The backlog of crown court cases in England and Wales has hit a record number of almost 60,000 as waiting times rocket for victims and defendants.
Figures released by the Ministry of Justice on Thursday showed there were 59,532 outstanding crown court cases by 31 March, up 45 per cent on the previous year.
A document said the figure was the highest level on record, and included all offence groups and case types.
Days after a government review of rape cases found that delays were among the factors driving plummeting prosecutions, the figures showed that the number of sexual offences cases awaiting trial had risen by 67 per cent in a year.
A fifth of crown court cases are taking more than a year to be heard, while the average waiting time has jumped by 43 per cent to 363 days.
There are also almost 400,000 outstanding magistrates’ court cases, up 21 per cent on the previous year.
The backlogs mean that some trials are now being scheduled in 2023, and the Lord Chief Justice has suggested radical measures including reducing jury sizes to speed processes up.
David Lammy, Labour’s shadow justice secretary, said: “The Conservatives are forcing victims of rape, domestic abuse and violent assault to wait months and years for justice if they get it at all.
“This is the direct result of the government’s decade of court closures, combined with its incompetent response to the pandemic.
“Yesterday the prime minister apologised to rape victims. Now he must take urgent action to restore the justice system after his party has decimated it.”
The Bar Council, which represents barristers, said that the government had committed to bringing more cases to court in the rape review, and with the recruitment of 20,000 police officers.
Chair Derek Sweeting QC said: “Unless the government urgently commits to long term and sustained investment in the courts and the wider justice system, the number of cases stuck in the courts will continue to rise.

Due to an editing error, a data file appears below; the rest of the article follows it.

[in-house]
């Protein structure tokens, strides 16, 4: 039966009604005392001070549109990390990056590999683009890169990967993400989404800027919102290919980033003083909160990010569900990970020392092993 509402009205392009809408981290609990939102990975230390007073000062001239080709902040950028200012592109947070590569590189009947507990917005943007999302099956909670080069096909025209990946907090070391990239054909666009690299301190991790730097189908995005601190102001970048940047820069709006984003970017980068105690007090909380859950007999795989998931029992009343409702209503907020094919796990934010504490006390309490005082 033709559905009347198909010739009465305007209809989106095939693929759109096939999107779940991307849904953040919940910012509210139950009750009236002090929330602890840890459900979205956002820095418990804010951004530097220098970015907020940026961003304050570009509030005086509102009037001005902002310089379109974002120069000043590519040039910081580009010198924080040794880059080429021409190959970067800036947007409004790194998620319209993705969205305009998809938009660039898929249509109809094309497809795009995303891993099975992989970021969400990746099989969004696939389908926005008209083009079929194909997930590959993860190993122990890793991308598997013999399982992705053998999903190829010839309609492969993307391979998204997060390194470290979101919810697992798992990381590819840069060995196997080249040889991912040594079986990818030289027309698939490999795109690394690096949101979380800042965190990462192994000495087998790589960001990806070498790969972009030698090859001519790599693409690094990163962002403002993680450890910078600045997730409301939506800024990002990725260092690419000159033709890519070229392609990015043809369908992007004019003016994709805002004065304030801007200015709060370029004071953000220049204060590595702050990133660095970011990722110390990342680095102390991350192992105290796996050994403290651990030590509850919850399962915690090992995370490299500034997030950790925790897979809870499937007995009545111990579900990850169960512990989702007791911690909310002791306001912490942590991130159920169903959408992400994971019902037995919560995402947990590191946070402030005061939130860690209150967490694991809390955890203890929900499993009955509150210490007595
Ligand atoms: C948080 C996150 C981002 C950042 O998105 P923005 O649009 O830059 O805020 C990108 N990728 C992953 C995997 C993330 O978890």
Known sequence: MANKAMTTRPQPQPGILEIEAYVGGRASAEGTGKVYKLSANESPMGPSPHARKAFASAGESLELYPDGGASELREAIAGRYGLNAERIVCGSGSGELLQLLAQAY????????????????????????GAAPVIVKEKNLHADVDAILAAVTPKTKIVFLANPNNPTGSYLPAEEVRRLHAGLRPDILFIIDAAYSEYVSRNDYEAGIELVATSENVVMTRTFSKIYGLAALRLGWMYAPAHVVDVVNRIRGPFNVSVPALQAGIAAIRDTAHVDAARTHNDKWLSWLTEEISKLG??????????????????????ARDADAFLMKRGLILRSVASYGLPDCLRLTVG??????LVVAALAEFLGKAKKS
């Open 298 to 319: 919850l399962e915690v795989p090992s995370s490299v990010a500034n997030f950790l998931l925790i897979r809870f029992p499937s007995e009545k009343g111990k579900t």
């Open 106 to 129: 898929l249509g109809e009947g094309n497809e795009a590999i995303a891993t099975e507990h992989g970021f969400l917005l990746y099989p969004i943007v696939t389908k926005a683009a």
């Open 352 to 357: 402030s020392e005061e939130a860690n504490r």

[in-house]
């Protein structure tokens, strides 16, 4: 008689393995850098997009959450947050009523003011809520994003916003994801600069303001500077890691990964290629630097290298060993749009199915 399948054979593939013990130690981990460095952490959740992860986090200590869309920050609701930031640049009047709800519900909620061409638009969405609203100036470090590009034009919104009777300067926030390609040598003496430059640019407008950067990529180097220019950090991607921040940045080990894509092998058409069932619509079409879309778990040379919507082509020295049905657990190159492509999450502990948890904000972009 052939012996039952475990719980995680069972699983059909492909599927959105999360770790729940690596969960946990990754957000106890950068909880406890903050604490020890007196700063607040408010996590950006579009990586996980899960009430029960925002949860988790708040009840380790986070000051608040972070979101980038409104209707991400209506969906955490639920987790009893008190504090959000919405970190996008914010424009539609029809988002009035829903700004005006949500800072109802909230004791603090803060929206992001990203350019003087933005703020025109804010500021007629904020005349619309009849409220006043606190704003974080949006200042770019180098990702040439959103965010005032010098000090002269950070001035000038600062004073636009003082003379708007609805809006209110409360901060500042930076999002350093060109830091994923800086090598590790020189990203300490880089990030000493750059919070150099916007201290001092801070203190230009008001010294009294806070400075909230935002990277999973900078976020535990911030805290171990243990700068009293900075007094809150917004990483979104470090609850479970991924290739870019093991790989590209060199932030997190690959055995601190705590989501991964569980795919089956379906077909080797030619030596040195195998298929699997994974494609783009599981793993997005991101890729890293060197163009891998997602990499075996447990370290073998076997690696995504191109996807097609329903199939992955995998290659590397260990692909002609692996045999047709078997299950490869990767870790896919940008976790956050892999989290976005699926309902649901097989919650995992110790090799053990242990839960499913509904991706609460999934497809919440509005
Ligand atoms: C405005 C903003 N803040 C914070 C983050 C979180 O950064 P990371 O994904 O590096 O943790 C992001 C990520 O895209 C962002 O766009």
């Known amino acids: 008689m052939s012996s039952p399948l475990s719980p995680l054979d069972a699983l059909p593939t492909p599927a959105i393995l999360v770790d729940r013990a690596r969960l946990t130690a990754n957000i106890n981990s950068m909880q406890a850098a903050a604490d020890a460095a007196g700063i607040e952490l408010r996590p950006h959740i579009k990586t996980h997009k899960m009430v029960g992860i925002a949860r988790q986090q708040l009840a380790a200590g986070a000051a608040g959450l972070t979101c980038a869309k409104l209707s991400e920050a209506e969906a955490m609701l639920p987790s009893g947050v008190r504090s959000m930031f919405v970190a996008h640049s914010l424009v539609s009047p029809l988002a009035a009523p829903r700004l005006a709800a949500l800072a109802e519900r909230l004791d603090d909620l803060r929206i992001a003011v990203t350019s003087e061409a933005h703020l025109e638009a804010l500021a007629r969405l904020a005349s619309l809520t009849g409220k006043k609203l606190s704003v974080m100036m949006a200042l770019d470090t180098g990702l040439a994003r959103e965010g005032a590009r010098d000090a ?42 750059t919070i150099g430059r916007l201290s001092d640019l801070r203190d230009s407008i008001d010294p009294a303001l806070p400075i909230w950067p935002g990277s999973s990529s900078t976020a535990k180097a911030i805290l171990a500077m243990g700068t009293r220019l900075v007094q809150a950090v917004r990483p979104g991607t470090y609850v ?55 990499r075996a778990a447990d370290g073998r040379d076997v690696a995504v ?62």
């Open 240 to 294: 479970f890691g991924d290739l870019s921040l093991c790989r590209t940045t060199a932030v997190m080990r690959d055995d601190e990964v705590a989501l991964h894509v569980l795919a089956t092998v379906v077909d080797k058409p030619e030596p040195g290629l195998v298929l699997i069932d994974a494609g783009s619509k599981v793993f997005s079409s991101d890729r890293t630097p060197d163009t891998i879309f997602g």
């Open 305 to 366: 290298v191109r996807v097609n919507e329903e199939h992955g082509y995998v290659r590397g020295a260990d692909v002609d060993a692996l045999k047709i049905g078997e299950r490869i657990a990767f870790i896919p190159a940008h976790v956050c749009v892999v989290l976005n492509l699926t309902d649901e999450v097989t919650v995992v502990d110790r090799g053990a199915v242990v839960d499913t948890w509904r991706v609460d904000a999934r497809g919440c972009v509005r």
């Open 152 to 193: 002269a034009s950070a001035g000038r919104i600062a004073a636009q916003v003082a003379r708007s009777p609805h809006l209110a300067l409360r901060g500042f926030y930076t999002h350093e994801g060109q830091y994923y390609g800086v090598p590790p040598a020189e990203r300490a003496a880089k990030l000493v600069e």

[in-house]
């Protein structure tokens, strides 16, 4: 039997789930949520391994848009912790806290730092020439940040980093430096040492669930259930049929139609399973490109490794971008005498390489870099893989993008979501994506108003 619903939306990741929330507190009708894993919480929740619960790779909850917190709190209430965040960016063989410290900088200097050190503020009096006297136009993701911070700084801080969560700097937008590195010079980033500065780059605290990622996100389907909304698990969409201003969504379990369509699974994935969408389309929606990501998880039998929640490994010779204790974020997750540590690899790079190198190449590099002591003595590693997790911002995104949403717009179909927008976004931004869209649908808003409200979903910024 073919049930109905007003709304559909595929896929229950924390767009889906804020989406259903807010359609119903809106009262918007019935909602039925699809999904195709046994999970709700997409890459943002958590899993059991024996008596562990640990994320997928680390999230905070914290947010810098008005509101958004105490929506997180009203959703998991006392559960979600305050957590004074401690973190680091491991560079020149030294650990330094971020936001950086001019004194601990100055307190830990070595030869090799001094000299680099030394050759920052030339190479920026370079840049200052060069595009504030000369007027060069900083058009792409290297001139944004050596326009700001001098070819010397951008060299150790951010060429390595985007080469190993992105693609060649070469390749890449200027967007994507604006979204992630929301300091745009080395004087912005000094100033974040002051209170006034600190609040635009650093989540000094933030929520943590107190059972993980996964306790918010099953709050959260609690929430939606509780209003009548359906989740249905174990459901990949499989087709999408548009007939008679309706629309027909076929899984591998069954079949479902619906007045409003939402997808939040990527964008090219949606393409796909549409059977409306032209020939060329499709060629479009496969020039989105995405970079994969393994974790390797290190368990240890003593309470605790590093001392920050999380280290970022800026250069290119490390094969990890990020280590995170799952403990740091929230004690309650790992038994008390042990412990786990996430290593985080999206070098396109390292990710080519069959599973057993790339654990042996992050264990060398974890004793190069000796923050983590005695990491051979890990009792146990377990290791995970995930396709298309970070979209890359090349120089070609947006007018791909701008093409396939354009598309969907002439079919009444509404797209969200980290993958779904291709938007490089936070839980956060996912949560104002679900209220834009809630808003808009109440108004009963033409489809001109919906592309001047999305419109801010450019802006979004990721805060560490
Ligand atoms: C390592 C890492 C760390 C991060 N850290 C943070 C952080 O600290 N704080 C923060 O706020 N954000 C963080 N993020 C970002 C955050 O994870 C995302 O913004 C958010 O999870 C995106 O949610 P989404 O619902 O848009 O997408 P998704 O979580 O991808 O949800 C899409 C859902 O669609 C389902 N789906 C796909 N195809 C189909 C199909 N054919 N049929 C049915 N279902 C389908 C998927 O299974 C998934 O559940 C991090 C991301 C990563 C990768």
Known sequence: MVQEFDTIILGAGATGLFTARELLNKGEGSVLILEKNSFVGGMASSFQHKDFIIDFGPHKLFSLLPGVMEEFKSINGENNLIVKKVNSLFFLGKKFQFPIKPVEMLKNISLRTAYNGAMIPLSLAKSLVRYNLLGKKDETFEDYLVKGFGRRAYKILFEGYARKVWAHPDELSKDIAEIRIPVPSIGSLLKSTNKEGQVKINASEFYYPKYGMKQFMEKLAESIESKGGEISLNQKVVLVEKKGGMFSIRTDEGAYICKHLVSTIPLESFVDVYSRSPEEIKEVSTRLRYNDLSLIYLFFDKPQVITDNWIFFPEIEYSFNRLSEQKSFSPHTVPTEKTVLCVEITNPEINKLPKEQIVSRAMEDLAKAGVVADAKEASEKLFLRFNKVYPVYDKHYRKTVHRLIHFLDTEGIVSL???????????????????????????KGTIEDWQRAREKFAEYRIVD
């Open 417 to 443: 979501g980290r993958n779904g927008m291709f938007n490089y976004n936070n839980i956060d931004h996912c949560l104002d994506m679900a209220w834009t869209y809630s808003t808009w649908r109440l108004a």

“Behind every number in this backlog are victims of crime, defendants, witnesses and their families, putting their lives on hold while they wait years to see justice done.”
Wera Hobhouse, a Liberal Democrat MP and the party’s lead on justice, said victims were being left for “too long without justice”, while other parties were “in limbo”.
“Some delays are inevitable because of the pandemic, but the Conservatives’ underfunding of the justice system had caused huge backlogs even before Covid hit,” she added.
“Ministers must not use Covid as an excuse for this backlog, or to undermine the fundamental right to trial by jury.”
The figures showed some early signs of recovery, as the volume of listed trials at both magistrates' and crown courts rose.
However, the number of cases being received is still higher than those being dealt with, meaning the backlog will continue to rise.
Legal groups and charities warned that the criminal justice system was going into “meltdown” at the start of the coronavirus pandemic last March.
Many blamed the government’s reductions to court sitting days to make financial savings, which ministers have said they will reverse.
A Ministry of Justice spokesperson said: “Dedicated staff and professionals kept justice moving during the pandemic and thanks to their efforts we are seeing positive results – outstanding cases in the crown court are beginning to drop, and have fallen by around 70,000 in the magistrates’ court since last summer.
“Major challenges remain which is why we are investing hundreds of millions to further increase capacity, deliver swifter justice and support victims.”
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